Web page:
[ by Charles Cameron — another angle on the whole idea of qualitative node-&-edge graphs for concept mapping ]
The other day I found myself re-reading a comment I’d made on Zen’s post The Games People Play back in January 2008, which I’d been searching for in the back of my mind for months — too attic-like and cobwebbed, probably not the best place to look for it. In any case, now I’ve found it I’ve dusted it off and offer it here for your consideration:
Ideas can be infectious. We know this, and thus we can explore the spread of ideas using models drawn from epidemiology, an approach which Malcolm Gladwell takes in his book Tipping Point. Ideas can also be viewed as existing in an ecosystem, and thus what we know of genetics can be applied to them, as Dawkins suggested in coining the term "meme". Having said that, I’d still like to game an idea entering a mind.
Specifically, I would like to game the way in which the idea that constitutes "martyrdom" (shahada) in an al-Qaida mind enters a mind that’s primed with the ideas of Tablighi Jamaat, for instance, and once it’s "in," conforms the idea of "obligation" (fard) that’s already present in TJ’s non-violent and apolitical version into the al-Q sense of the word — that "to kill the Americans and their allies — civilians and military — is an individual duty (fard ‘ayn) for every Muslim who can do it in any country in which it is possible to do it"… I’m thinking of something along the lines of the kind of research that allows someone to write, describing the John Cunningham virus (JCV):
the JC virus enters the central nervous system by fastening itself to the 5HT2AR receptor for serotonin, which is found on the surface of glial cells. When this receptor for serotonin is triggered, it opens the pathway that allows the virus to enter the cell.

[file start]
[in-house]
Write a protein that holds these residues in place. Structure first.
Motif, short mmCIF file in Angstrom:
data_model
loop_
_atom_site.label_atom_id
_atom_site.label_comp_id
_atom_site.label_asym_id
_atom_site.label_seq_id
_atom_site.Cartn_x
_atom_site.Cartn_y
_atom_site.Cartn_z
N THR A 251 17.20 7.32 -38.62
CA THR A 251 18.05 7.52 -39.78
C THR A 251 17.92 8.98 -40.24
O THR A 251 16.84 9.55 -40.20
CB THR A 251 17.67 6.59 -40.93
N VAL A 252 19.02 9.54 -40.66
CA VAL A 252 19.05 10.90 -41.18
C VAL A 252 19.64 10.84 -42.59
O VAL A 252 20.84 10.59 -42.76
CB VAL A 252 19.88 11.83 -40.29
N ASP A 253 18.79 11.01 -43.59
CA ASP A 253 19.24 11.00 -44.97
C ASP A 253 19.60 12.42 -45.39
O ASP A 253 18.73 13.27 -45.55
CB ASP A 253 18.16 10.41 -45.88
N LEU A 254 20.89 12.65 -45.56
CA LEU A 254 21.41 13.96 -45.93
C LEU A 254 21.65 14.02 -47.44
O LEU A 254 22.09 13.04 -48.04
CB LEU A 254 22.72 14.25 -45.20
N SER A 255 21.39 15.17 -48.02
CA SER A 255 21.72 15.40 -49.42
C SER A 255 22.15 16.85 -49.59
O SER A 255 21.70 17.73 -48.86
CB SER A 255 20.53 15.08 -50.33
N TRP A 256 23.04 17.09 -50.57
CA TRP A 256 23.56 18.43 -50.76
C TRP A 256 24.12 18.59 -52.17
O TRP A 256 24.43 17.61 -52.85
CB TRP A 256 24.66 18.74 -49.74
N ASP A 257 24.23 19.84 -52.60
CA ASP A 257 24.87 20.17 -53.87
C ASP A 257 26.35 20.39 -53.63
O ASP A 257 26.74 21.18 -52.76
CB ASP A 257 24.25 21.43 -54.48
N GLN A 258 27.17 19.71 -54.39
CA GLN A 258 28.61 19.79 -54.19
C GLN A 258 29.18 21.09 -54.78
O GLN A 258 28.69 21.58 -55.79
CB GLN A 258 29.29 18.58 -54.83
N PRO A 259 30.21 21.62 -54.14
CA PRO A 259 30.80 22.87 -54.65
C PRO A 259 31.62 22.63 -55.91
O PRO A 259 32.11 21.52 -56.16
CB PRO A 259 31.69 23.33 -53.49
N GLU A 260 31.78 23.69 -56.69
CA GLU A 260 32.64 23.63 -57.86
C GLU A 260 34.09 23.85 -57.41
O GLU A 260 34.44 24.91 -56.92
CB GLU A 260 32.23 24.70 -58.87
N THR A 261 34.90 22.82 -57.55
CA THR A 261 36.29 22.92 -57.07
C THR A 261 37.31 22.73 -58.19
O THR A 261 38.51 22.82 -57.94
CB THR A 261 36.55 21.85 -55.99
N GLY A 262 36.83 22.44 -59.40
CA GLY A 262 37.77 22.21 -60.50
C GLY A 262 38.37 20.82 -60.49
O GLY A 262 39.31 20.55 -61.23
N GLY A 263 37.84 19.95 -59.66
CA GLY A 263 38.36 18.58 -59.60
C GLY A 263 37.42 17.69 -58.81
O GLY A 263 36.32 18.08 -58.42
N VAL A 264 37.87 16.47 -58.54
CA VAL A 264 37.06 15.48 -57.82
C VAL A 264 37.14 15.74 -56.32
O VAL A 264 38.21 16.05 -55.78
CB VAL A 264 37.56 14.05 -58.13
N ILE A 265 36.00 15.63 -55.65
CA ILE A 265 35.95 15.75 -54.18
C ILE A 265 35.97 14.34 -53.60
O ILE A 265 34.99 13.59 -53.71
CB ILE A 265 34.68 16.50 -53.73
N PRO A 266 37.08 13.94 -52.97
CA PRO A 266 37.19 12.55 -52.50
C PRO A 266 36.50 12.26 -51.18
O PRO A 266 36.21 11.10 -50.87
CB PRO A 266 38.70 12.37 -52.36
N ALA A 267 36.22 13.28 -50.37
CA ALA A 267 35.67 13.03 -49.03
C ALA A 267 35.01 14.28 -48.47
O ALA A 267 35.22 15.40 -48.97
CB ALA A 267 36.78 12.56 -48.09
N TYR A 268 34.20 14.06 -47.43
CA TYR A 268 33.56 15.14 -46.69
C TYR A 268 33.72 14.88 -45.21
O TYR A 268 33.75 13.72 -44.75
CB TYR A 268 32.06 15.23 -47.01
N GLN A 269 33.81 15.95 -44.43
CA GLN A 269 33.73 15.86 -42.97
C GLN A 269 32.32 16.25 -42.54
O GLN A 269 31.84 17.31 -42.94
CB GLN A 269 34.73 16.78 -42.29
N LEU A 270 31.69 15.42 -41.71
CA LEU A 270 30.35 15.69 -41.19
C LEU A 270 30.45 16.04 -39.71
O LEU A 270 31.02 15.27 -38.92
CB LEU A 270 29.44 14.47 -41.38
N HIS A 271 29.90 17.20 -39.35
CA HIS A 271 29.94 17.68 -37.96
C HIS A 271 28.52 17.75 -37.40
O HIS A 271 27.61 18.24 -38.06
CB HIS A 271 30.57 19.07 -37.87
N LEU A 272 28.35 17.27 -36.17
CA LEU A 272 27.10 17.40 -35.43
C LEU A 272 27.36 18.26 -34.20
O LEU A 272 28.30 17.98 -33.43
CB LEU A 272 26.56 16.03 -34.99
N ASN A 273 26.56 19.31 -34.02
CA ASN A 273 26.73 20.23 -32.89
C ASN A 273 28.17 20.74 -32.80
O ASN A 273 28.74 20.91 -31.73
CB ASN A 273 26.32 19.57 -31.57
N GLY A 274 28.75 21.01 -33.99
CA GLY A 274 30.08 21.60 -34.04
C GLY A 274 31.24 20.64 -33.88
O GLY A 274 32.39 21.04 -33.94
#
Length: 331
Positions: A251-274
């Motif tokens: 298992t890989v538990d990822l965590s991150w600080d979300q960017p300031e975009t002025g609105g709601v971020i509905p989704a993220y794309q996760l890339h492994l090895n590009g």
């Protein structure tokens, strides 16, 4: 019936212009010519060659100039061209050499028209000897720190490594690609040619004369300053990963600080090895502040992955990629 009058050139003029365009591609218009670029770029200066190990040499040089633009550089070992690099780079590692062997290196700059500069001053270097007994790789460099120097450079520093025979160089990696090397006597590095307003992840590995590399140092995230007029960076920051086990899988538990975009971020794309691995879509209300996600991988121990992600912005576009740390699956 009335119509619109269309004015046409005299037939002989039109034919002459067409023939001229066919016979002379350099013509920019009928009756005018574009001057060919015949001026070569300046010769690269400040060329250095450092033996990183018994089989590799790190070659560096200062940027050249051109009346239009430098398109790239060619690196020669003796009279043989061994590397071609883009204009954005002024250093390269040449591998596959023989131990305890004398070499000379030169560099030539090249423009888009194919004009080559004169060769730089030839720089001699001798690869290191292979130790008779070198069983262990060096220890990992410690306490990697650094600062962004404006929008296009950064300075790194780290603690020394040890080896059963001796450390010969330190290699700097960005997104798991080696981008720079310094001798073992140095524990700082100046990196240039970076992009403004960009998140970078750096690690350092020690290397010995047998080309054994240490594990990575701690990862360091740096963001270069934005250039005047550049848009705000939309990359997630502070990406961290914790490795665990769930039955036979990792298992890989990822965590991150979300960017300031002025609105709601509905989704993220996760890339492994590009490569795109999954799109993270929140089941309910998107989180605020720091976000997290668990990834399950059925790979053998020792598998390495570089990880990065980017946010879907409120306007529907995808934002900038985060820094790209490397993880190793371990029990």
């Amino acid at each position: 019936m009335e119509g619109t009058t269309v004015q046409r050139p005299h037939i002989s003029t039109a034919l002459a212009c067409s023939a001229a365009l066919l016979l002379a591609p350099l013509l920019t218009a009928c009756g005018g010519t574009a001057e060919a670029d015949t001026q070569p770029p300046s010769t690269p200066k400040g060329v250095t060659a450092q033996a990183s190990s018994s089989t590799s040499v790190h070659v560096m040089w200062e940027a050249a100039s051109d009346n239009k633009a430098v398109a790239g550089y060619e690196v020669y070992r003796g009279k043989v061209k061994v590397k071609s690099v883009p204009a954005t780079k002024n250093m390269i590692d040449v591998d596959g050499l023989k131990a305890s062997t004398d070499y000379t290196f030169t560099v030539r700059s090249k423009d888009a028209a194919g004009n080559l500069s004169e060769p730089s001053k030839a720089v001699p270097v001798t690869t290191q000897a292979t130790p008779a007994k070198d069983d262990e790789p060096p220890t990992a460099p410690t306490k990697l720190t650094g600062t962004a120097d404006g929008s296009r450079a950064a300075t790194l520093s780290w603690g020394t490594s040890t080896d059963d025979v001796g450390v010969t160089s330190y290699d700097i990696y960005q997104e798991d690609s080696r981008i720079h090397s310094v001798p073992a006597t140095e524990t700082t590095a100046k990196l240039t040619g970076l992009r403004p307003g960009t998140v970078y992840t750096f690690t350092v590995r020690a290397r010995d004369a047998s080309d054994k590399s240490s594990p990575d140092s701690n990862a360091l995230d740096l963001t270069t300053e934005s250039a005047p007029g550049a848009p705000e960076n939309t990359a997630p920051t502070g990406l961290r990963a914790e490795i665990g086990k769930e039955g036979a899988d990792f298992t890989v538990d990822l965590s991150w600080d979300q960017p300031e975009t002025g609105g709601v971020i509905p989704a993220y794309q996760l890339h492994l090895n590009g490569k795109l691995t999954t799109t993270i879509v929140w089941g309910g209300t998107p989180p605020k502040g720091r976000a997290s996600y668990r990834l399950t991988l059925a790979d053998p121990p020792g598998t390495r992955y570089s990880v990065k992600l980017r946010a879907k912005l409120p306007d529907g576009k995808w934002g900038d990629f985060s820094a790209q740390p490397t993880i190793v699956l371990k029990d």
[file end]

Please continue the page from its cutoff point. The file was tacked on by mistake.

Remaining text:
The thing is, we can manage a very brief verbal sketch of how an idea enters a mind and becomes part of a person’s "thinking" — and we can model in some detail the way that an idea spreads through a population — but we’re not very good at modeling, or gaming, thought processes. And from my POV, that’s the most fascinating challenge of all.
My question is: what kind of game should this be, how do we set up the board, what markers shall we have for ideas or parts of ideas and for views or congregations of ideas, what rules do we need to use in combining them, etc — how do we get as close to a mental conversation as humanly possible?
I happen to think that meditators will have quite a bit to teach us here, that the Tibetans may have a better vantage point than we as a culture do… because they’ve been watching the mind, and in particular watching its various coiled springs uncoil, and putting the process into words, for longer than we have. But it will take a whole new series of aha!s to really figure this out.
The result wouldn’t look like the image at the top of this post — it might look more like a PERT chart, but with sequences of ideas rather than actions. And it would be based on narratives, not theories. Above all, it would be multi-voiced, polyphonic, fluid — like that diagram from Edward Tufte about the Ocean of Stories:
That’s it — what say you all?